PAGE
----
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Historic cottages damned to new hotel horror

Developer Warwick Turner wants to convert six Victorian terrace houses in Hardie St, Darlinghurst, into a five-storey hotel containing 69 rooms. Photo: Alec Smart

Opinion by JOHN MOYLE

Whenever an area is termed “rich in heritage” you can bet that a developer will be quick to descend.

That is the case in Darlinghurst’s Hardie Street where over a couple of years a developer swooped on six in-line Victorian terraces and now threatens not only the heritage values of the area, but also the amenities of the people living within blocks of the proposed development.

Darlinghurst, originally known as Eastern Hill, was renamed in the early 19th century after Governor Darling’s wife, with the suffix “hurst” being Old English for wooded area.

One of the oldest suburbs in Sydney, Darlinghurst is the location of nine heritage-listed sites, plus the 1836 Darlinghurst Goal, the 1844 Darlinghurst Courthouse and the arts and crafts Darlinghurst Fire Station built in 1912.

Hardie Street is an innocuous little lane running from opposite the Darlo Bar on Liverpool Street and through to St Vincent’s Hospital at Burton Street.

It is lined on the eastern side with small but mostly intact single-storey terraces built for workers in the late 1800s.

Around 2018, developer Warwick Turner began buying up properties between 24 and 34 Hardie Street, often paying a premium.

Sales records for the street show that in October 2018 Turner paid $1.53 million for 28 Hardie Street and just six months later stumped up $2.4 million for 24 Hardie Street.

Terraces 30-34 date from the late 1870s and 24-28 from 1891.

All six buildings in the proposed development share common characteristic; they are double-storey, 101sqm in size and back onto Hayden Place, an even smaller street.

The proposal of D/2020/244 is for a five-storey hotel containing 69 rooms comprising of 66 double rooms and three single rooms and two loading dock spaces on the ground floor accessed from Hayden Place at the rear.

The combined site has an area of 631sqm.

“The development will result in the demolition of the greater part of six Victorian terraces, including internal walls, fireplaces and characteristic lean-to elements of heritage value,” Louise Brooks, Darlinghurst Residents Action Group (DRAG) said. “The remaining front rooms will be unrecognisable and of no heritage value.”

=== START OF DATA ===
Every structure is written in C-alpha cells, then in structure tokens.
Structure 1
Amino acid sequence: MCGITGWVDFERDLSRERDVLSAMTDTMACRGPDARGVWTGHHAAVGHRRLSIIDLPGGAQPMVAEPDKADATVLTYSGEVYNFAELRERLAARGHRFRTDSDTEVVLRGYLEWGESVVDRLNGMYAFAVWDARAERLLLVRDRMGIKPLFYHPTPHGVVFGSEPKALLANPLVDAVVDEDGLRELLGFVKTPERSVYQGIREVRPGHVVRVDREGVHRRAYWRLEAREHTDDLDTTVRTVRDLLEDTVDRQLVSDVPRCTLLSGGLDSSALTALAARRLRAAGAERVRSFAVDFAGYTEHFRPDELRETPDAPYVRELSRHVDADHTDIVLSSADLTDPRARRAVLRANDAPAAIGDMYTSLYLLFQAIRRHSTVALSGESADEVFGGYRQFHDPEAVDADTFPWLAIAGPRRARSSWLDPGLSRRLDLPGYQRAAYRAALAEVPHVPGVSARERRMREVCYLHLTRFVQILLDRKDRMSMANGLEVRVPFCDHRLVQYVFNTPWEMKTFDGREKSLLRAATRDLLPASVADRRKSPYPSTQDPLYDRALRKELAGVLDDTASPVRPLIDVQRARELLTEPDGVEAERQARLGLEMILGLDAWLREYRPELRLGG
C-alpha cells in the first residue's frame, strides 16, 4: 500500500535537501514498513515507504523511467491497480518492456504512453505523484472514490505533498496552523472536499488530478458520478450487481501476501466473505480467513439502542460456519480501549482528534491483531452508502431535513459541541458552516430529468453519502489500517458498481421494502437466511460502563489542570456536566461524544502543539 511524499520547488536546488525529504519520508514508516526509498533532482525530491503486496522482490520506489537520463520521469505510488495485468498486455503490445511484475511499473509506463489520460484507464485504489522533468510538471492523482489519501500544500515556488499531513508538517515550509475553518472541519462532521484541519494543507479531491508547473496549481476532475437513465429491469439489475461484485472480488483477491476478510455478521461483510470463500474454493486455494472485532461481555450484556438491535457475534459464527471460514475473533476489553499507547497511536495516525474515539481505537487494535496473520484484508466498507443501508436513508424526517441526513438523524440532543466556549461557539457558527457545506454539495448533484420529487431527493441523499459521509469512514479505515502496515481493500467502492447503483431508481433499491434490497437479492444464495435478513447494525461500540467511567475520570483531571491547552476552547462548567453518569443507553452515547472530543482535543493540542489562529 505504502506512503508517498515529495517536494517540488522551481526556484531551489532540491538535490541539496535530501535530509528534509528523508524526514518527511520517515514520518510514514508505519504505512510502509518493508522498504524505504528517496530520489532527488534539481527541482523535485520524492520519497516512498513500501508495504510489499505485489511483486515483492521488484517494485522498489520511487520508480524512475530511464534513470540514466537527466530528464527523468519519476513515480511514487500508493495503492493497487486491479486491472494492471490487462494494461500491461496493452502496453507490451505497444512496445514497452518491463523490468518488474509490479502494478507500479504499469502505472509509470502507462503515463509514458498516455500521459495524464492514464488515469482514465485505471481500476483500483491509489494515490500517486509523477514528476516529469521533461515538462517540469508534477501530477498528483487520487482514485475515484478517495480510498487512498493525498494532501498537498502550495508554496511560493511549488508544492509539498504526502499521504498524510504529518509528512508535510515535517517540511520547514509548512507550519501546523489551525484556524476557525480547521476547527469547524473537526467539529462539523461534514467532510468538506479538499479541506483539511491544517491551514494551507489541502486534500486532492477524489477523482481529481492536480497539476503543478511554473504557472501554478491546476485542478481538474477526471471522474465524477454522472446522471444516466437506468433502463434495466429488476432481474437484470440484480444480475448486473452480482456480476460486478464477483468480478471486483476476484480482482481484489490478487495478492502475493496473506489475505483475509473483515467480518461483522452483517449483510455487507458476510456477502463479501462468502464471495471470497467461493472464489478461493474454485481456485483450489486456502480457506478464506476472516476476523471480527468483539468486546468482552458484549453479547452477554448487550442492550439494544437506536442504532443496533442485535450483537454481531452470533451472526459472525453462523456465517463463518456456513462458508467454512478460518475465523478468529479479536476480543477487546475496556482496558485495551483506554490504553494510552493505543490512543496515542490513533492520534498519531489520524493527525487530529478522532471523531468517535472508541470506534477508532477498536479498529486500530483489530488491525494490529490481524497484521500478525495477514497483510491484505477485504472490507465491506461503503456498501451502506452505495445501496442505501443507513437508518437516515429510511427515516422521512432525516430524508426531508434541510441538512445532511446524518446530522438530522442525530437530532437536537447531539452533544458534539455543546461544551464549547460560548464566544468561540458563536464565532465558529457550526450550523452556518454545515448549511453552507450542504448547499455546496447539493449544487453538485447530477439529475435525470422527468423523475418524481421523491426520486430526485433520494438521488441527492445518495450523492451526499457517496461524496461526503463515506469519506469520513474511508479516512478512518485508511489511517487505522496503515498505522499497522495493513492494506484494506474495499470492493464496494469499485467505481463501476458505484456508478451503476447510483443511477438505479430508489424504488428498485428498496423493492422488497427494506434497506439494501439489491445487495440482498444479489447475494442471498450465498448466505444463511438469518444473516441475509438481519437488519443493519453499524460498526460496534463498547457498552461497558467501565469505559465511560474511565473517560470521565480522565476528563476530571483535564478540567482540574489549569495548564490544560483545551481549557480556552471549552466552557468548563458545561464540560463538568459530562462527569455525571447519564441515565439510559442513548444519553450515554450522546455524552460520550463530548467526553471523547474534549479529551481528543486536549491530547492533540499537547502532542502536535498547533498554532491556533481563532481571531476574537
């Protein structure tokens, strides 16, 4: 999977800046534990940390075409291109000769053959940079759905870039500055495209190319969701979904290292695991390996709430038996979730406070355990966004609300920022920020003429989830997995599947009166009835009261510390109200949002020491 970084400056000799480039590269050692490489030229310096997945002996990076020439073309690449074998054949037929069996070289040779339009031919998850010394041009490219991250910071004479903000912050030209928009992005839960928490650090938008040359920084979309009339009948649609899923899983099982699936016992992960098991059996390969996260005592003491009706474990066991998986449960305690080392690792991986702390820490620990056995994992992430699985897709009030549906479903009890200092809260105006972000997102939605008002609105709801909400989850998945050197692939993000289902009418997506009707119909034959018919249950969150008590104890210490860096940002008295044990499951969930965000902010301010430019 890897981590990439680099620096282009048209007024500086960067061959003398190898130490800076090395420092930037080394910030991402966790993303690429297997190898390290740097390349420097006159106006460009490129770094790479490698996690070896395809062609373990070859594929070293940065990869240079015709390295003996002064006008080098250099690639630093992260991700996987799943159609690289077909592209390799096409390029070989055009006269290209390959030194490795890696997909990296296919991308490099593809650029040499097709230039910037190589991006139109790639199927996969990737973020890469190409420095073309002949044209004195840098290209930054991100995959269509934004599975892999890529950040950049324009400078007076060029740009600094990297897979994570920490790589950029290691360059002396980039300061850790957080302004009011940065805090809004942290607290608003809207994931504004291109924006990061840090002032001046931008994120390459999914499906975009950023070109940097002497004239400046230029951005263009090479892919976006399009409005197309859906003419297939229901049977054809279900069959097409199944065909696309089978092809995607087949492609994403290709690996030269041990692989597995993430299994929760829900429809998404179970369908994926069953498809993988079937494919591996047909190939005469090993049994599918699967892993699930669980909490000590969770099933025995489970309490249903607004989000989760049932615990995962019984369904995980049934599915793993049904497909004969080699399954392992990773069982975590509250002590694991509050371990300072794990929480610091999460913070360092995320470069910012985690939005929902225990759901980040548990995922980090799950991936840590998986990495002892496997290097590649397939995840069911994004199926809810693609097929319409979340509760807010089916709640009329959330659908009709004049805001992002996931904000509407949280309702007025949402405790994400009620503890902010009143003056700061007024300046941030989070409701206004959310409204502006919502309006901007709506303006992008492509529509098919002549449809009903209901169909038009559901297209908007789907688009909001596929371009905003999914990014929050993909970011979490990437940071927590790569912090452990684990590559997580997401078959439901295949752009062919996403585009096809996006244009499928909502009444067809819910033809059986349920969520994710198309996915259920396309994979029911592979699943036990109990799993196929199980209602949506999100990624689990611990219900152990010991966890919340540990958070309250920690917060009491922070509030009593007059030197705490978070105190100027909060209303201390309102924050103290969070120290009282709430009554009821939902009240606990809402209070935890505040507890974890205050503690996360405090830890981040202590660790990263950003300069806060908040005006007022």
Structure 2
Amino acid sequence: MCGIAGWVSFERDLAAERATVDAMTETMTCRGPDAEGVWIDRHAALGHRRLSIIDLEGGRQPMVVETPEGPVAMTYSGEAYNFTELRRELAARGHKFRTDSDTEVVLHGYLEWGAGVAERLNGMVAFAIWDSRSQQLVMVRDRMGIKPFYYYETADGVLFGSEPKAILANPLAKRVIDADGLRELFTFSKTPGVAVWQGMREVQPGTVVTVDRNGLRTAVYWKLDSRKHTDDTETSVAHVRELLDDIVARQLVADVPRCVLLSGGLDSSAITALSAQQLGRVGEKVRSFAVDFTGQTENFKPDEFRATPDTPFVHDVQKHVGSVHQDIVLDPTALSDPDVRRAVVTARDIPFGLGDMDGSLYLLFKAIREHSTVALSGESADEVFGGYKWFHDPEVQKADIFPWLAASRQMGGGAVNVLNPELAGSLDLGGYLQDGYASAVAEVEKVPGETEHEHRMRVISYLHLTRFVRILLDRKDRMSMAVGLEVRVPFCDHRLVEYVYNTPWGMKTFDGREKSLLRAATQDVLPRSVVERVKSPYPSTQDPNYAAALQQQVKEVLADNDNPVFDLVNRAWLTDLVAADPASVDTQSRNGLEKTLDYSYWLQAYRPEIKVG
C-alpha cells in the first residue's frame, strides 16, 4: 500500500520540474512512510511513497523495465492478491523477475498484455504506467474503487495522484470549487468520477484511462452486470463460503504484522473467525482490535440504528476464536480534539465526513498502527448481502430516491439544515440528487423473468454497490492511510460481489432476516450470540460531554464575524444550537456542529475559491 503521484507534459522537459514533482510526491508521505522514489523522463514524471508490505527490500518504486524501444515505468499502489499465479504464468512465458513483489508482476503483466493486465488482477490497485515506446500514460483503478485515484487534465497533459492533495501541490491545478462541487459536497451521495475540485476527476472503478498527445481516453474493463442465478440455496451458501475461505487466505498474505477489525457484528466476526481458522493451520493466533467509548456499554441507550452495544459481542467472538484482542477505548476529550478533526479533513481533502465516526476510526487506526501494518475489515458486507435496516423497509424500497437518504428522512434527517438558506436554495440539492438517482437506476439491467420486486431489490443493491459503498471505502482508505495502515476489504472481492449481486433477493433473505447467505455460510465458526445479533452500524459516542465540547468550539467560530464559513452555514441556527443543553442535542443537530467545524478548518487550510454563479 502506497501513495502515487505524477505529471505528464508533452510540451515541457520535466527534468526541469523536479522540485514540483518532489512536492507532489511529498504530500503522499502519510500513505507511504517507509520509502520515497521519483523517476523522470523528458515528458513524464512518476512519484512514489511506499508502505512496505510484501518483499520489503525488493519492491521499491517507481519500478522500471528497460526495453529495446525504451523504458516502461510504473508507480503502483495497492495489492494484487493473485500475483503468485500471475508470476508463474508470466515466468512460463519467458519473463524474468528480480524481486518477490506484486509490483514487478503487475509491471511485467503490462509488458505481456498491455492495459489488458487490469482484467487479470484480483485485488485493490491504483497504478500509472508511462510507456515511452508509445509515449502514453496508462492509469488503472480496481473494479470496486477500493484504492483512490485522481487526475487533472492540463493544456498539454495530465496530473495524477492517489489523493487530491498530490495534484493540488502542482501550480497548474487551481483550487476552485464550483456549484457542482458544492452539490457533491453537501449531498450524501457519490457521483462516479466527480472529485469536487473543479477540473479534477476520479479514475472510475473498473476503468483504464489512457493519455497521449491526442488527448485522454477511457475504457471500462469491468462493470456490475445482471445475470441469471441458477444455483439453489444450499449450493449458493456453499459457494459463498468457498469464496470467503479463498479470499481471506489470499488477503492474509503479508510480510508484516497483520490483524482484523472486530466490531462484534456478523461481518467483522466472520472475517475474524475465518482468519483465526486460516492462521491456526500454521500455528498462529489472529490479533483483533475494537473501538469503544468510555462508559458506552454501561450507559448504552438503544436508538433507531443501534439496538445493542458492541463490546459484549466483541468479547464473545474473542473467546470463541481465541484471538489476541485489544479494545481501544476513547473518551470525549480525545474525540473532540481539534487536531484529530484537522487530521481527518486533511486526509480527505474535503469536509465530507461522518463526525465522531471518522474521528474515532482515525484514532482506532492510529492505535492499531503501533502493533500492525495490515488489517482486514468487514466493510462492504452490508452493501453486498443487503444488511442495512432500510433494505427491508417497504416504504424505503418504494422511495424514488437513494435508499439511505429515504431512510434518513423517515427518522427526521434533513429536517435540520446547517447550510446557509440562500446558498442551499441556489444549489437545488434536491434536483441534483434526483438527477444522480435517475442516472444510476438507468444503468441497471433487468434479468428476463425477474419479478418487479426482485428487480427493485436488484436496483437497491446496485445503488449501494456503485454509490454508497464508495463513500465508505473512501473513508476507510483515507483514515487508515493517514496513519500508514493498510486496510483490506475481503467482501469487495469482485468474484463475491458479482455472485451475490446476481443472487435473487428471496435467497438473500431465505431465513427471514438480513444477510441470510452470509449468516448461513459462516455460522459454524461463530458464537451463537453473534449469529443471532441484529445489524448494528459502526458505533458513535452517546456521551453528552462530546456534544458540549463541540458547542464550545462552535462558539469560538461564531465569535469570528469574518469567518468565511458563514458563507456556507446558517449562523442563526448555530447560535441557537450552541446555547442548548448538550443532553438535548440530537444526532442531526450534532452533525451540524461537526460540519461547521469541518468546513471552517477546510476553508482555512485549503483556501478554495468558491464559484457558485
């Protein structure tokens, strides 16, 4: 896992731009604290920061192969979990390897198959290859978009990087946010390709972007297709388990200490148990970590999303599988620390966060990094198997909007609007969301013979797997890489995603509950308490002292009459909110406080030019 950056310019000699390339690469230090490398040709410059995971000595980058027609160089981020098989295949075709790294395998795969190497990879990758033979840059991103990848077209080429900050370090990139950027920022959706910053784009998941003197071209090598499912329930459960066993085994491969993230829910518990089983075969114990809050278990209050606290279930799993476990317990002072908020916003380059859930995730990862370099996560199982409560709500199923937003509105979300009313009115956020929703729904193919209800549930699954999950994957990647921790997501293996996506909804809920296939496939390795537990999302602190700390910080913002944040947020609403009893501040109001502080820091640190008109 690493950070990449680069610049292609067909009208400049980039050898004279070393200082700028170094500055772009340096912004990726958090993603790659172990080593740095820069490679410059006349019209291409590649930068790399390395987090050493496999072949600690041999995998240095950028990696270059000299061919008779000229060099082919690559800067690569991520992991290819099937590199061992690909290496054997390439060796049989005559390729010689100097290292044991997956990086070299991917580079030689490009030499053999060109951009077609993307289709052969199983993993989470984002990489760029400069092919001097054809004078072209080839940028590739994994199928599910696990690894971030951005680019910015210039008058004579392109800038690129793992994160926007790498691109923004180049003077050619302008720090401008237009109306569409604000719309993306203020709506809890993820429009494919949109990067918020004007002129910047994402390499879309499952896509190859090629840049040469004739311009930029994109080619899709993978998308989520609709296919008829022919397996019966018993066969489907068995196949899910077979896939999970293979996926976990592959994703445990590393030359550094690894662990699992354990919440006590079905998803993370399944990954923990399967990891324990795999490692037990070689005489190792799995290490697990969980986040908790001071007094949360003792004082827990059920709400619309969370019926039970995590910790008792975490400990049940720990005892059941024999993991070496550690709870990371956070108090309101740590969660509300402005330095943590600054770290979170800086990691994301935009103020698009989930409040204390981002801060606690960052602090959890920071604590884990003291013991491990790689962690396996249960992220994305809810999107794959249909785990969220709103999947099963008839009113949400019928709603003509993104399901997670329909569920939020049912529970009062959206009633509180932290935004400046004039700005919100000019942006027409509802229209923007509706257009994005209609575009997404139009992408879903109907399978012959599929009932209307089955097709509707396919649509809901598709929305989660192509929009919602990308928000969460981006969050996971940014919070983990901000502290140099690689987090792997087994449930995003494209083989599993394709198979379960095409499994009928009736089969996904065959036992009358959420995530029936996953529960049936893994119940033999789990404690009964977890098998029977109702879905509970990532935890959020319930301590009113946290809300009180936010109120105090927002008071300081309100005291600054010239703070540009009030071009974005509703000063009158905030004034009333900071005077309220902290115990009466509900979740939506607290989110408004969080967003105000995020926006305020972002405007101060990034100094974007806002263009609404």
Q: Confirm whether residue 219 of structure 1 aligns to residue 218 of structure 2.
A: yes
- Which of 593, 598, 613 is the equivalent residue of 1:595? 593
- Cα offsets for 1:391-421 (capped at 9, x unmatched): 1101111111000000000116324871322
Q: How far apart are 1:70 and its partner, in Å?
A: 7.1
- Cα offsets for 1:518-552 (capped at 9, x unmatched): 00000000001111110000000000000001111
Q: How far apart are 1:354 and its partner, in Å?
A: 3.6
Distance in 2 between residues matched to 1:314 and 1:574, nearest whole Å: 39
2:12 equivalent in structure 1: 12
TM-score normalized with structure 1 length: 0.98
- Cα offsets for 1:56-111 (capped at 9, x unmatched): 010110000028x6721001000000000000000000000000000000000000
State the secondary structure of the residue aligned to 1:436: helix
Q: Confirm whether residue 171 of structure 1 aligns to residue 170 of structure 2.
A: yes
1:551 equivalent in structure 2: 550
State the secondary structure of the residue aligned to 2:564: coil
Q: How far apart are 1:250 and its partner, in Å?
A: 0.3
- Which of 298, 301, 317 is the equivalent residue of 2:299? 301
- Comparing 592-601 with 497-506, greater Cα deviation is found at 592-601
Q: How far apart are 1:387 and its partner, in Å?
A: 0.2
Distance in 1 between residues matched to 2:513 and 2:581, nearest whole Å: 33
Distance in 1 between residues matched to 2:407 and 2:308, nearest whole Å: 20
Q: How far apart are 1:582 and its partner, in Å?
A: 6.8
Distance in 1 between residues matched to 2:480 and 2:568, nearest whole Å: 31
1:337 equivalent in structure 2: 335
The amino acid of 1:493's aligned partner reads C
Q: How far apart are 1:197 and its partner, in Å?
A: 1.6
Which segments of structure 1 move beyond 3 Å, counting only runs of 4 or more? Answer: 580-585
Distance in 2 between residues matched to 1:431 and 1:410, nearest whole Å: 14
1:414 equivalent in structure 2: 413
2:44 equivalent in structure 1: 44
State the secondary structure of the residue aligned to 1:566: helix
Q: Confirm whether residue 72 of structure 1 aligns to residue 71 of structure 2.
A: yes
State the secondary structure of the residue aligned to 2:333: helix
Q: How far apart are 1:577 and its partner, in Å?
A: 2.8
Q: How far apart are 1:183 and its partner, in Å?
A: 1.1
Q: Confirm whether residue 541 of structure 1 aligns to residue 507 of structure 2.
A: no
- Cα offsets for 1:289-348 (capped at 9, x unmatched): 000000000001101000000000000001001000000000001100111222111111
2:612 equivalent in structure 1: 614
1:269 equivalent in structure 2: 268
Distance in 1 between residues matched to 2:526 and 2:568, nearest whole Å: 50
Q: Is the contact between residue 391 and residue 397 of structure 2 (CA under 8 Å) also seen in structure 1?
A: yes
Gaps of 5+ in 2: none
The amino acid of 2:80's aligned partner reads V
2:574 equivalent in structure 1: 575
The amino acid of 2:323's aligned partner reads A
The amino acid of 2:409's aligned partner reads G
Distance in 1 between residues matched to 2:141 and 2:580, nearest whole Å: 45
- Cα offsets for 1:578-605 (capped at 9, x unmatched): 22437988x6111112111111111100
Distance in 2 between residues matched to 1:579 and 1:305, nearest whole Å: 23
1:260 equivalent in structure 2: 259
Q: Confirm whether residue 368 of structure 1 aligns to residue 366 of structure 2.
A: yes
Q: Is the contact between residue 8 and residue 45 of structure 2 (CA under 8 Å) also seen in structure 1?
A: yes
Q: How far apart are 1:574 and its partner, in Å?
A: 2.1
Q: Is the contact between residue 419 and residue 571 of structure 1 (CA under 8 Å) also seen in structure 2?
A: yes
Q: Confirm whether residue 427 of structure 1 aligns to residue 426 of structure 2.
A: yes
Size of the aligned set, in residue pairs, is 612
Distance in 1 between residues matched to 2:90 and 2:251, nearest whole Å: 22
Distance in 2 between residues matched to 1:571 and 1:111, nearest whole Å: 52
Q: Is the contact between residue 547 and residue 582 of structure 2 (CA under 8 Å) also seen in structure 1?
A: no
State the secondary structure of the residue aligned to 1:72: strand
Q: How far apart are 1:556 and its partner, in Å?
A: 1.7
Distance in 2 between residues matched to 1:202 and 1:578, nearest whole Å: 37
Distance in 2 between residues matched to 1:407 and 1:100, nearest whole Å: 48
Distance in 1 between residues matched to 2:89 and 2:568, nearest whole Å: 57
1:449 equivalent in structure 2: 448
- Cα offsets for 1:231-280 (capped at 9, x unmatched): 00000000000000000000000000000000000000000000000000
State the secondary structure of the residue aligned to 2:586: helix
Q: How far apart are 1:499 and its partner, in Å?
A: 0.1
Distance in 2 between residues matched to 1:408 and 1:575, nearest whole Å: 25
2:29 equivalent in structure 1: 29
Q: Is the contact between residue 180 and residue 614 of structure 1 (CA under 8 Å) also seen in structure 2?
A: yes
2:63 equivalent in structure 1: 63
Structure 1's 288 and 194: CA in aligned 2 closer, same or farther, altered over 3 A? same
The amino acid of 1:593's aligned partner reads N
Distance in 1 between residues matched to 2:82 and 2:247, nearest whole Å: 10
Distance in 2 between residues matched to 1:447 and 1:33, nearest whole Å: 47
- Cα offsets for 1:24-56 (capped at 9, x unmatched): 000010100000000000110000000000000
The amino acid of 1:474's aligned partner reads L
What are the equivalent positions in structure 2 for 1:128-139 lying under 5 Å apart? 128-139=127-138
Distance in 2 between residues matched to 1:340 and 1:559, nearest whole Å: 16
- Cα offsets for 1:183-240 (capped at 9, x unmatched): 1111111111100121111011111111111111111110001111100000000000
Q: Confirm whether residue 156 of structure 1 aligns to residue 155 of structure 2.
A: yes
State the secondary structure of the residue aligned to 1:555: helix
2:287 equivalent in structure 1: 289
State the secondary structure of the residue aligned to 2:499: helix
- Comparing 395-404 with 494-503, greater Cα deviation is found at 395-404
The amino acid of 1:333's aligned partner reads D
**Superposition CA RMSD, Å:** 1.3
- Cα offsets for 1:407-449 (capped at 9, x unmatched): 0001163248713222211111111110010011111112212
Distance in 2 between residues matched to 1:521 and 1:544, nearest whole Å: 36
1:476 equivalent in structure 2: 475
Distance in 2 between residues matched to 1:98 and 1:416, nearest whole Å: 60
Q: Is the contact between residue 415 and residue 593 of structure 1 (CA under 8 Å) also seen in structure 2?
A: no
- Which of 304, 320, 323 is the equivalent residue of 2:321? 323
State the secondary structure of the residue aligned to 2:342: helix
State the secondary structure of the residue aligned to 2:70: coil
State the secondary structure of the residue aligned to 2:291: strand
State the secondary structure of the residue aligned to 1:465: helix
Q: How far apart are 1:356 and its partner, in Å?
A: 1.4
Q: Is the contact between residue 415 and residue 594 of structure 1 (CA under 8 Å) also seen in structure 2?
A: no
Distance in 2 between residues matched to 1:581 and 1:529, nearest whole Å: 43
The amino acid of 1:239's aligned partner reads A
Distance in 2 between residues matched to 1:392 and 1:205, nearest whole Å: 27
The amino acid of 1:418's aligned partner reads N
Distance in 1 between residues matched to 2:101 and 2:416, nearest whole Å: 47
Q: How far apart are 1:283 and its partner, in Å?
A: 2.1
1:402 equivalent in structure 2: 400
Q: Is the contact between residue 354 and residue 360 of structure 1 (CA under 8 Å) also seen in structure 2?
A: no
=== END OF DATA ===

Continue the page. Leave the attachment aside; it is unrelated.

The Sydney Development Plan 2012 recognised the terraces as contributing to the built character of the area and the development conflicts with the stablished character and heritage significance of the “Oxford Street and Victoria Street Heritage Conservation Act.”

In a statement, Surry Hills-based Practec Group, working as design contractors for Warwick Turner, said “The overall layout is respectful of the urban surrounds and connected location of the property”.

Monolithic
A spokesperson for the East Sydney Neighbourhood Association (ESNA) said, “Consolidating the six terrace houses into a monolithic development would destroy the fine-grain, residential nature of Hardie Street.
This unsympathetic proposal would result in a poor planning and heritage outcome for Hardie Street and the Heritage Conservation area.”

Besides rising three levels above the present Hardie Street rooflines, the development will present a solid five-storey rear facade on Hayden Place that would “erode the amenity of the adding houses and apartments and create unacceptable overshadowing and loss of sunlight” DRAG said.

With no additional parking available on the single lane and already congested Hardie Street, narrow Hayden Place will bear the pressure of service vehicles and noise.

“It is also likely to seriously impact congestion and street side parking for residents and other road users in the area, including potentially visitors to St Vincent’s” DRAG said.

There are also overshadowing problems for 36 and 38 Hardie Street and the development will overlook windows at 381 and 385 Liverpool Street and 136 Darlinghurst Road.

“The development does not provide any private outdoor space or amenities such as a cafe, pool or gym, it simply provides basic rooms and some of those don’t have windows,” Louise Brooks said.

At just 10.4sqm, the smallest room is the same size as the minimum sized NSW jail cell.

With the consolidation of the six terraces to accommodate transient visitors in what is essentially an AirBnB, the development removes housing stock from the area thus eroding the community and leading to a negative impact on the neighbourhood.

The DA says that visitor hours will be curtailed at 10pm, but this is an unrealistic time for guests who will be attending live theatre or a show who are more likely to be returning closer to midnight.

Both DRAG and ESNA are urging residents to lodge objections to D/2020/244 to Matthew Girvan at dasubmissions@cityofsydney.nsw.gov.au by no later than Thursday 4 June.

Your objection should include your full name and address, the DA number for 24-34 Hardie Street, your reasons for the objection plus the disclosure of any gift or donation you have made in the past to a councillor, an employee out a contractor of the City of Sydney.

“We call upon the City of Sydney to protect the fragile heritage of Darlinghurst,” an ESNA spokesperson said.

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